Posted 1 year ago on Dec. 29, 2011, 11:57 a.m. EST by flip
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Egypt Independent: What is your view on the unfolding of events regarding the military’s transitional period? And where do you think the US stands on this?
Noam Chomsky: From the outset, there has been every reason to expect that the US and the military, which are of course closely allied, would do what they can to limit functioning democracy.
Egypt Independent: For what particular reasons, in your opinion?
Chomsky: The military, for obvious reasons: they want to maintain the maximum of political control and protect their considerable economic interests. The US government, for a range of reasons: The narrowest is that they are well aware of Egyptian public opinion, as reported in polls run by the most prestigious US polling agencies, and the last thing they want is for those opinions to be reflected in policy, as would happen in a functioning democracy. The broader reason is that in general, democracy is considered a threat to power interests, at home as well. Abroad, it is well-established in mainstream scholarship that the US has supported democracy if and only if it conforms to strategic and economic interests, and there isn’t the slightest evidence that these understandable, if deplorable, commitments have changed.
Egypt Independent: Why the continued statements from Washington condemning military brutality and advocating the flourishing of democracy?
Chomsky: Of course there is a rhetorical commitment to democracy and all good things, but only the most naïve take such protestations seriously, on the part of any state. And practice, including very recent practice, fully accords with the traditional doctrines.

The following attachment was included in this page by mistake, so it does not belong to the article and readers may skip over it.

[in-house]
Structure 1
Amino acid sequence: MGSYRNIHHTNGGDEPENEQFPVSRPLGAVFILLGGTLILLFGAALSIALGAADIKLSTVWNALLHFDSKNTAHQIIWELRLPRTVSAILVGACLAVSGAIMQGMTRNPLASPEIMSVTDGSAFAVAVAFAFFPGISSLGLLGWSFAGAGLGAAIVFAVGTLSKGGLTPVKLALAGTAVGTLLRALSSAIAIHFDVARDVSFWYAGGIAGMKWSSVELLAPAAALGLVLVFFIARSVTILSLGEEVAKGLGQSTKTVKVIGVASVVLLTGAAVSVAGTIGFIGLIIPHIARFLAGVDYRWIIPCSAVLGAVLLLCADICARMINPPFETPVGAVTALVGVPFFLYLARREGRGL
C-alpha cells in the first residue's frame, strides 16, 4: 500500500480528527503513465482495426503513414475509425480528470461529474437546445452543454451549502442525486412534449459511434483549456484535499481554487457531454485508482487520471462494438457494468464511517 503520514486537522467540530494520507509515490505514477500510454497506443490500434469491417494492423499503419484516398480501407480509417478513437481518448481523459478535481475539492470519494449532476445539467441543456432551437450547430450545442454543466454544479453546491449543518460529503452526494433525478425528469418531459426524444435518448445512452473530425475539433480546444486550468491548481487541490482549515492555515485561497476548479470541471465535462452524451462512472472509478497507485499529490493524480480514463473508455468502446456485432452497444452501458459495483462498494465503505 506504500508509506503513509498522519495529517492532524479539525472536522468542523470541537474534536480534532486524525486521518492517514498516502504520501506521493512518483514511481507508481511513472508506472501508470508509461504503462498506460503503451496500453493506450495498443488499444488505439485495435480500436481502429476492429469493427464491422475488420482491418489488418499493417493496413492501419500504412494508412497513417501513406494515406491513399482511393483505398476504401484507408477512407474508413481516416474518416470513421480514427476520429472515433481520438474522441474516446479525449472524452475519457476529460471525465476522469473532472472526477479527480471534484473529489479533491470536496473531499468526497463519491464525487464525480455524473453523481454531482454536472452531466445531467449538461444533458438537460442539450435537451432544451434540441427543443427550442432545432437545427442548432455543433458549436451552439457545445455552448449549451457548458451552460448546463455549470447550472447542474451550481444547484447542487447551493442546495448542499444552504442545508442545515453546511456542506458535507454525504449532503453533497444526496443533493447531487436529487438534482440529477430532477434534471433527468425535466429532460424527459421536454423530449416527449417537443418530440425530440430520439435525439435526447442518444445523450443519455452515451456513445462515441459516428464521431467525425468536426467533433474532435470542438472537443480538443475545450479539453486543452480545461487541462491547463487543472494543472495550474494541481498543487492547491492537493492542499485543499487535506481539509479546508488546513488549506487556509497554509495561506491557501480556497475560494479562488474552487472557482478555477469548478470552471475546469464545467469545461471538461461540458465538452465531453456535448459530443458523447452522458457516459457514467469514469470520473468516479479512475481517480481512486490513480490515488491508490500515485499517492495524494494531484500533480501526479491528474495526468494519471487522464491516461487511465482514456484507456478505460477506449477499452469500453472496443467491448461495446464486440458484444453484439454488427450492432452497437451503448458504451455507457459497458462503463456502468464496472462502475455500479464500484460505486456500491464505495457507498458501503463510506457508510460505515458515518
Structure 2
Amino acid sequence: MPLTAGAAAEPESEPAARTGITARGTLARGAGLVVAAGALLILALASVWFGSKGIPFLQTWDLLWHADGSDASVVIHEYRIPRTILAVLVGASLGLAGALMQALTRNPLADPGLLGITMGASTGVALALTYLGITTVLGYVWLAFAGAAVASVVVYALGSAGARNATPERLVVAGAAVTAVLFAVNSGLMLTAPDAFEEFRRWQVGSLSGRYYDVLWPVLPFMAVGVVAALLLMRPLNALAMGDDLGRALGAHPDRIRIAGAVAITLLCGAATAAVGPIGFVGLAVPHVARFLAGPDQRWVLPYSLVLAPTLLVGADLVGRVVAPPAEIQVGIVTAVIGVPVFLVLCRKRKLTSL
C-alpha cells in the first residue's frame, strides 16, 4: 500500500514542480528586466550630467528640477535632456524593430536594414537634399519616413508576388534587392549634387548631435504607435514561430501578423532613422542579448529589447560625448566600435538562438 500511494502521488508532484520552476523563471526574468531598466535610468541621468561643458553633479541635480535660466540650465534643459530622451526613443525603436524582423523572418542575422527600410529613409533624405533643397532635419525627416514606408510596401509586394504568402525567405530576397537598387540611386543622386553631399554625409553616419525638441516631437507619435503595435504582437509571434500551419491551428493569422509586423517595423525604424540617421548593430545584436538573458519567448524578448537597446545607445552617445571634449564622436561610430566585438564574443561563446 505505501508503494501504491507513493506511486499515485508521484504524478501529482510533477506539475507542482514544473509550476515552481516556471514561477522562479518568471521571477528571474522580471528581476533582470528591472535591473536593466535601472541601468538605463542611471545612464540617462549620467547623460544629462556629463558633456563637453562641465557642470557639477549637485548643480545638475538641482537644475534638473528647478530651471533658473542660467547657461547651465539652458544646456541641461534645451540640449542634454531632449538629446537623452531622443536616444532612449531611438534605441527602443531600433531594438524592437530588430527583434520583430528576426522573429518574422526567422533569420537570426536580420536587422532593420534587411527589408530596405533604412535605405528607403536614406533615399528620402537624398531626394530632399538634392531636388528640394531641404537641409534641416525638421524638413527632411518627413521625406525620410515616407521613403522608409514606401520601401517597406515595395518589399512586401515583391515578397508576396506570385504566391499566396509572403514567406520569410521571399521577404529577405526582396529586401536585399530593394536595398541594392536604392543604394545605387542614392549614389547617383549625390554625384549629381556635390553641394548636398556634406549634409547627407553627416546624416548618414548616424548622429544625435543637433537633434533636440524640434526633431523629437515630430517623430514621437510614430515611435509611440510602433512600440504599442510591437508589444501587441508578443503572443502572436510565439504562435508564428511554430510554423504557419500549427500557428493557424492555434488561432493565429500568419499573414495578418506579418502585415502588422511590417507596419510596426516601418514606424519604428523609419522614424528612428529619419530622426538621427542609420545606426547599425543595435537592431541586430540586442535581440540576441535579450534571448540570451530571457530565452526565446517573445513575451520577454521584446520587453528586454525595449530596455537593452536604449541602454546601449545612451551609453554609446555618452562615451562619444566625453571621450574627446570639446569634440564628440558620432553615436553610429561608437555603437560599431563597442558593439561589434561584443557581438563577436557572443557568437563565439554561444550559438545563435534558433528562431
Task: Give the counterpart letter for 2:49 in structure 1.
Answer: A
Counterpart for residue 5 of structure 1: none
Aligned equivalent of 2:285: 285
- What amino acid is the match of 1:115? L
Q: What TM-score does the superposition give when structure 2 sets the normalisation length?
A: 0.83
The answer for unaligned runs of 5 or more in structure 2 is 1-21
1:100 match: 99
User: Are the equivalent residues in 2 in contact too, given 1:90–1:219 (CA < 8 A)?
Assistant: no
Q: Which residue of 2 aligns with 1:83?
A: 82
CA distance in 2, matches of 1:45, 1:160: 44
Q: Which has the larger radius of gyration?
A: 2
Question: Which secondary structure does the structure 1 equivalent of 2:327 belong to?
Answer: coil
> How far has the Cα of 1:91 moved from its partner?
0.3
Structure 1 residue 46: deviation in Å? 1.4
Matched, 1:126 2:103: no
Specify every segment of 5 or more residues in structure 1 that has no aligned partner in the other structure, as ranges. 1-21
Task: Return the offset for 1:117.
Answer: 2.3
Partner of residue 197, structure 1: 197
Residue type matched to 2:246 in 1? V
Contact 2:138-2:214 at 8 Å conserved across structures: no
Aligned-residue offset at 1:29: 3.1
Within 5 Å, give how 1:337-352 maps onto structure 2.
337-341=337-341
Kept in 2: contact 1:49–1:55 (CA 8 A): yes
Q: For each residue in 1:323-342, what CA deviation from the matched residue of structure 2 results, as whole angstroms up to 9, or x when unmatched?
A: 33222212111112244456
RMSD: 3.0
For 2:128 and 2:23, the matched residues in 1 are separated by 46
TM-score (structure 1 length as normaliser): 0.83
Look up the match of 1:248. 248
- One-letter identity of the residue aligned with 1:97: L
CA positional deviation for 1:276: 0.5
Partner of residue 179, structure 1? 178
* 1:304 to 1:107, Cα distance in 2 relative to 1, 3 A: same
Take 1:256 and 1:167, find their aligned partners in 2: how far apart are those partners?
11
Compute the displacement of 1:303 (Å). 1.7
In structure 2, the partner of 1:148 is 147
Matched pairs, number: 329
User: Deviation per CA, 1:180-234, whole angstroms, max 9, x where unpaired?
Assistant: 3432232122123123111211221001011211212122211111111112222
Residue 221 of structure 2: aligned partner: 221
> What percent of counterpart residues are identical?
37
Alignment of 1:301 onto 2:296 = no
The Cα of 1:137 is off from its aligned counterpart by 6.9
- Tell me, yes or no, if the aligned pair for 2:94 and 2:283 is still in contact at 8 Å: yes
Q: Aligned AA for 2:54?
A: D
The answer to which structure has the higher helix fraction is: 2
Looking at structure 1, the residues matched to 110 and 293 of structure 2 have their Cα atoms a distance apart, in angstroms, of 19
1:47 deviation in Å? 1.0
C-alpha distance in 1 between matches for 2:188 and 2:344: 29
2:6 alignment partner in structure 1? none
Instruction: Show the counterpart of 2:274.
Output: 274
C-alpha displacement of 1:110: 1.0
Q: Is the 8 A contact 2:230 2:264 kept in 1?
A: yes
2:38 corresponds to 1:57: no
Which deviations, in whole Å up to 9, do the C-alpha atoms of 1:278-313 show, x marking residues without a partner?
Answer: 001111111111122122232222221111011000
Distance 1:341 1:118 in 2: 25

Egypt Independent: What do you mean by “traditional doctrines?”
Chomsky: When a favored dictator is endangered, as happens over and over, Washington follows a fairly straightforward procedure: Support him as long as possible. If it is no longer possible, for example, if the army turns against him, then issue ringing declarations about our yearning for democracy and then work hard to keep the former system of domination and control in place, as much as possible. Examples abound: Somoza, Marcos, Duvalier, Chun, Ceausescu, Mobutu, Suharto, and others. That the same procedure was followed in the case of Mubarak should surprise no one.
Egypt Independent: Do you sense that the US would be willing to compromise principles such as human rights in order to maintain interests such as Israel and the Camp David accords?
Chomsky: Principles such as “human rights” cannot really be compromised, because they are not seriously upheld in the first place — except, of course, with regard to enemies, or where major power interests are not at stake. The evidence on this is overwhelming, not just for the US of course, so much so that it is superfluous even to recall some of the numerous examples. US power centers, state and private, have longstanding strategic and economic concerns in the region, which they continue to regard as vital. Government policies reflect these concerns, as did those of Britain and France in their days in the sun (and still, even as minor powers). And the same is true of others.
Egypt Independent: With regards to the US, do you believe everyone is on the same page across the board? i.e: state department, congress, white house, defense etc.
Chomsky: Systems of power are not homogeneous, so there are some differences within the government and the business-based power centers that have an enormous role in setting domestic and foreign policy. But the spectrum is not very broad. There are of course those who depart from the consensus, those whom Kennedy-Johnson National Security Adviser McGeorge Bundy called “wild men in the wings.” And there are forces outside, including public opinion when large segments of the public are organized and active. But within the operative spectrum, only restricted options are tolerated, as the record clearly reveals.